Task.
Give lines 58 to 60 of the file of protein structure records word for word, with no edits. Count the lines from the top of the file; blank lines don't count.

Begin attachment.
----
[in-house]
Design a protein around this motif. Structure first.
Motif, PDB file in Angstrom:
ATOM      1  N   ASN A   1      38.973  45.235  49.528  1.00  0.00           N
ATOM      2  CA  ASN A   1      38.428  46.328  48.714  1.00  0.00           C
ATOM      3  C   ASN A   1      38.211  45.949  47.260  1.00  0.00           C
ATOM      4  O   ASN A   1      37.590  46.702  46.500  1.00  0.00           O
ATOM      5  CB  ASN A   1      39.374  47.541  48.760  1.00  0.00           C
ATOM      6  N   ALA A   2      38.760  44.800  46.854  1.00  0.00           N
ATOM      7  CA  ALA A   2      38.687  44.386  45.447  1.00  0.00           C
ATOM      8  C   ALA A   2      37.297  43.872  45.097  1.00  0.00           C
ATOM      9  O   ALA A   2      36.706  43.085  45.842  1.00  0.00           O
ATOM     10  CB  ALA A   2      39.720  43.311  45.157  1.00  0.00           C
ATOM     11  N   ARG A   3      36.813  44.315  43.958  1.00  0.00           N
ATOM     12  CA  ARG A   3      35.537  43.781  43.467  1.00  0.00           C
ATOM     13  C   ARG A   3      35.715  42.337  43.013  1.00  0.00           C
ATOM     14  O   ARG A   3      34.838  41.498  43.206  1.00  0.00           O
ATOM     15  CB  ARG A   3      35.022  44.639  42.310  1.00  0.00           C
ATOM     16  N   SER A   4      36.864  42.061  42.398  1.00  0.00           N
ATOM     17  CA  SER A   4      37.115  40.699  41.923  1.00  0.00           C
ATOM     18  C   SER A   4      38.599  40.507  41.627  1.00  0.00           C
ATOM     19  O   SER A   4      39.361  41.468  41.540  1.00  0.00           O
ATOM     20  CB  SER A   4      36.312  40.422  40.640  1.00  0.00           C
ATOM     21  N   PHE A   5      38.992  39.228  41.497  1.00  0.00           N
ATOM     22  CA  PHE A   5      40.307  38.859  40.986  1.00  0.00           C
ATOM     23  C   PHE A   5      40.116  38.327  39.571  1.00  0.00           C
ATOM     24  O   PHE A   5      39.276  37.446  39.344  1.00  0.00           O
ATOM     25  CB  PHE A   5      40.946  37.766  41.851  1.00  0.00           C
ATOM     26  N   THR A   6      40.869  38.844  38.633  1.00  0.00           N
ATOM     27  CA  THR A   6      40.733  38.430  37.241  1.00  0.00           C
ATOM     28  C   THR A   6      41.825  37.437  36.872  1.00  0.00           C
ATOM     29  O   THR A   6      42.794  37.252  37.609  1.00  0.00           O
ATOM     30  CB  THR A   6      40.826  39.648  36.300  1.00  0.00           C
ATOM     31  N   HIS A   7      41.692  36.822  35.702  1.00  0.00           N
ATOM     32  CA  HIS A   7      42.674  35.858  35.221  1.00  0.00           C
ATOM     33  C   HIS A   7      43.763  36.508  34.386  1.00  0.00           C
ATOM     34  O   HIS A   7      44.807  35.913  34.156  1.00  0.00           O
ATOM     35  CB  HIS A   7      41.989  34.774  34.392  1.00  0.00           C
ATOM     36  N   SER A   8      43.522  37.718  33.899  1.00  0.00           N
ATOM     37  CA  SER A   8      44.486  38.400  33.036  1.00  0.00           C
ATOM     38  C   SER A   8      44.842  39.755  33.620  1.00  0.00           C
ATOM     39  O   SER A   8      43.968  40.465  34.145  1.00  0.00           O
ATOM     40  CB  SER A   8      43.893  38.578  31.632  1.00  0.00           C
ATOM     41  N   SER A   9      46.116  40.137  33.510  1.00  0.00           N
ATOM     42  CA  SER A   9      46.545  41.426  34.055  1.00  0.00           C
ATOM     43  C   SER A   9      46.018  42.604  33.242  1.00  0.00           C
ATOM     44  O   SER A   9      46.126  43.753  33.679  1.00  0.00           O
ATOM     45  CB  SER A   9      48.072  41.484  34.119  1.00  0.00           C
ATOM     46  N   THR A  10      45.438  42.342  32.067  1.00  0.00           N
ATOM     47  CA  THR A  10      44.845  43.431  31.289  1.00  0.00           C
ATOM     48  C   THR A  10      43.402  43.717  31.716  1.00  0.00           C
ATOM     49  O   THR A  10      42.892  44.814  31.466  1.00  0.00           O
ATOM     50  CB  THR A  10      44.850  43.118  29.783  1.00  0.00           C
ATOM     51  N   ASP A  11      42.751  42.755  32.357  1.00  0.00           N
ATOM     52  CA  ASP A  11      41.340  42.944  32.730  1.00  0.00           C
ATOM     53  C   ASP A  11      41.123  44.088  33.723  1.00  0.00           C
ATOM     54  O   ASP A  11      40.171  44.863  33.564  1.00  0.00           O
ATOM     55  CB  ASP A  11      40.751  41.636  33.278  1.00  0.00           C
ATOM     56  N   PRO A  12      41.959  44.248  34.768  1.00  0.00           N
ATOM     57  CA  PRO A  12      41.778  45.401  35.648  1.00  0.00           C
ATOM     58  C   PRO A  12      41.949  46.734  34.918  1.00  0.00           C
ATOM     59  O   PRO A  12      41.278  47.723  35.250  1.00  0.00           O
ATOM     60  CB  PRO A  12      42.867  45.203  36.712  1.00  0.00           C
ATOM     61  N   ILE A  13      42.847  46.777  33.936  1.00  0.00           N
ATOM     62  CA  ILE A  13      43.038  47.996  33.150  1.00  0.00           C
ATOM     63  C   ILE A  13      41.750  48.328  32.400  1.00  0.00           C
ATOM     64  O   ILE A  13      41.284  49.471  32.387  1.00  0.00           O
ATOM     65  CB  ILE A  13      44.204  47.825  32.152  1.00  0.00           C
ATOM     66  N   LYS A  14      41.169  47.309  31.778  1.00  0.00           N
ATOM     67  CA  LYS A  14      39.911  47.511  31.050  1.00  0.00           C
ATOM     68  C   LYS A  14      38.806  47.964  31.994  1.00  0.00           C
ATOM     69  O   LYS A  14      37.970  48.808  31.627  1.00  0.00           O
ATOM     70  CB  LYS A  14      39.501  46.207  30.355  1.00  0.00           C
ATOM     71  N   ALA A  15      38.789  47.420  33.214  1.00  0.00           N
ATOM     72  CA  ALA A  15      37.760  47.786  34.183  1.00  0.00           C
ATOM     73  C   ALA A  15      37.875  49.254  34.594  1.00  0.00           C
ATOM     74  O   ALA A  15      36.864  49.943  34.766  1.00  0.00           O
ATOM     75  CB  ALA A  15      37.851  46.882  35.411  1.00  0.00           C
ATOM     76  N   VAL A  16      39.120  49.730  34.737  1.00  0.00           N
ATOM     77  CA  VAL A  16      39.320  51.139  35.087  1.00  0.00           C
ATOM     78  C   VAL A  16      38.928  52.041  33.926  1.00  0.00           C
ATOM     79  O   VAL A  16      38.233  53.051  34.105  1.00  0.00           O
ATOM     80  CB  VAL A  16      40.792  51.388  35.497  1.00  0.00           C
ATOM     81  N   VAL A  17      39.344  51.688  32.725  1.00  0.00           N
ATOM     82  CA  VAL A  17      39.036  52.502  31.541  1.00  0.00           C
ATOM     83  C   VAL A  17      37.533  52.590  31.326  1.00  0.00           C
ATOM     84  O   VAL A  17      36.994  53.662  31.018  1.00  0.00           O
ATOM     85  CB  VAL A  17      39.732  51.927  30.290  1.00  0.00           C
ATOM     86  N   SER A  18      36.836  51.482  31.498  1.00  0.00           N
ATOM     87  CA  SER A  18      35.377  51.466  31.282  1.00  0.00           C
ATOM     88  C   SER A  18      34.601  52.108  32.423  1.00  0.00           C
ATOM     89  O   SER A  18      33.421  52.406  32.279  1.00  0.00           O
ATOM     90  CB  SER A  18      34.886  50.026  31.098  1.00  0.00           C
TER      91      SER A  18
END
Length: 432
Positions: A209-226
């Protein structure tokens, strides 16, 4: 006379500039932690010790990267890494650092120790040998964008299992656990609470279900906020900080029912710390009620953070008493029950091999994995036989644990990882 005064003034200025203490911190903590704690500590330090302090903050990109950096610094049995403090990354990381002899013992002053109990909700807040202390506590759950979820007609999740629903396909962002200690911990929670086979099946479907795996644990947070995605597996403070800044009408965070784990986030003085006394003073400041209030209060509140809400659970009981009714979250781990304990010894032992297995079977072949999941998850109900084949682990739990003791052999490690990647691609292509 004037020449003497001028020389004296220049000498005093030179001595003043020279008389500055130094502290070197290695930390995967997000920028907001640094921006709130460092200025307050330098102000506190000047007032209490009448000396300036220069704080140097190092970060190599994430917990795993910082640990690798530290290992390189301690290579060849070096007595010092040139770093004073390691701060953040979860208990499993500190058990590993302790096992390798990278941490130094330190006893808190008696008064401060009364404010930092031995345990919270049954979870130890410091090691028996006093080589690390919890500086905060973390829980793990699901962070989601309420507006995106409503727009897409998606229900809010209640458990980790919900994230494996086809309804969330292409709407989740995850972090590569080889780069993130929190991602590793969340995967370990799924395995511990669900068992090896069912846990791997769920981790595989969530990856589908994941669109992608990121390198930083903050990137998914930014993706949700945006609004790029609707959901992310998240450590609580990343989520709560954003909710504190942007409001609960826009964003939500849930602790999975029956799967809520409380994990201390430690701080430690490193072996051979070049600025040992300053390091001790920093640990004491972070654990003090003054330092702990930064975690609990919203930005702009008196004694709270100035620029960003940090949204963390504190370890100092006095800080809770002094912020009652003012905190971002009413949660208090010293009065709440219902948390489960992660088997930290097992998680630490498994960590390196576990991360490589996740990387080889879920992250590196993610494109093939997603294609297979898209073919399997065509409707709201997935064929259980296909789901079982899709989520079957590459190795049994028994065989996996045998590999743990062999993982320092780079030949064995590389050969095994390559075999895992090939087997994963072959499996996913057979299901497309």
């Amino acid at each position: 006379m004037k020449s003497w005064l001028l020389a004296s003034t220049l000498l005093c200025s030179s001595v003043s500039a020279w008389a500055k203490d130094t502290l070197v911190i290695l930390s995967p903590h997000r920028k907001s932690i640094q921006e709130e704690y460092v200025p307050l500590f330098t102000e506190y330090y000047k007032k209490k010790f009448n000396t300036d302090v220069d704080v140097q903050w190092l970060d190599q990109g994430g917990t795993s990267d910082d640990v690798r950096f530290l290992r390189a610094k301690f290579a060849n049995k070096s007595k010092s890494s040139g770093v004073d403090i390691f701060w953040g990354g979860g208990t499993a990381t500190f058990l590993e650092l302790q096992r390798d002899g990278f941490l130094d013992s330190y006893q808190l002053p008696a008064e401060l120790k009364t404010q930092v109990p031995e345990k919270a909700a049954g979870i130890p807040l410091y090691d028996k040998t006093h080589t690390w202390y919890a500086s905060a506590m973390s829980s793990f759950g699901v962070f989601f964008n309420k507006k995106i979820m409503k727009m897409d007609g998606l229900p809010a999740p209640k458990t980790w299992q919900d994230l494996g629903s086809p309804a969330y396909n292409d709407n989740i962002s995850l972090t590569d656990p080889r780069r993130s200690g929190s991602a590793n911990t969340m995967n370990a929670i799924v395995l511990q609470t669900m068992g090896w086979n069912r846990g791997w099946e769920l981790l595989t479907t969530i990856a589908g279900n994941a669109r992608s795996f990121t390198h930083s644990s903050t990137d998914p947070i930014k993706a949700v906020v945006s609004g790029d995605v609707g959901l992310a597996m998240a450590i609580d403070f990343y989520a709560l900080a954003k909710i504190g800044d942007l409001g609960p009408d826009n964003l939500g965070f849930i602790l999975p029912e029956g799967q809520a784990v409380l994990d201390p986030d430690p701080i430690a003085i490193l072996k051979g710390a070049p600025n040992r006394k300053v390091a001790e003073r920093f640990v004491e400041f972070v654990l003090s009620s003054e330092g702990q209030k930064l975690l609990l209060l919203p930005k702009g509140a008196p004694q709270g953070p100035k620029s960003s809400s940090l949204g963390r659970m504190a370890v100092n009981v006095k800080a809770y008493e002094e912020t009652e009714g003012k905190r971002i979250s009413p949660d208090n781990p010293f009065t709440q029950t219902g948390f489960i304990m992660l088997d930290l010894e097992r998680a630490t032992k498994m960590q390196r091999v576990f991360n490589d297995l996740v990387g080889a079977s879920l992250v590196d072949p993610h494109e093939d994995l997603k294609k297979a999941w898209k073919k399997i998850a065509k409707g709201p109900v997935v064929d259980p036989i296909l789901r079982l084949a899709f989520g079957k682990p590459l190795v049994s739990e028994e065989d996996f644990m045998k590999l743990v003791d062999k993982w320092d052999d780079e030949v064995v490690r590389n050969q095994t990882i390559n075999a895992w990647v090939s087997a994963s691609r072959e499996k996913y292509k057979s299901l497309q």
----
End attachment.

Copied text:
ATOM     55  CB  ASP A  11      40.751  41.636  33.278  1.00  0.00           C
ATOM     56  N   PRO A  12      41.959  44.248  34.768  1.00  0.00           N
ATOM     57  CA  PRO A  12      41.778  45.401  35.648  1.00  0.00           C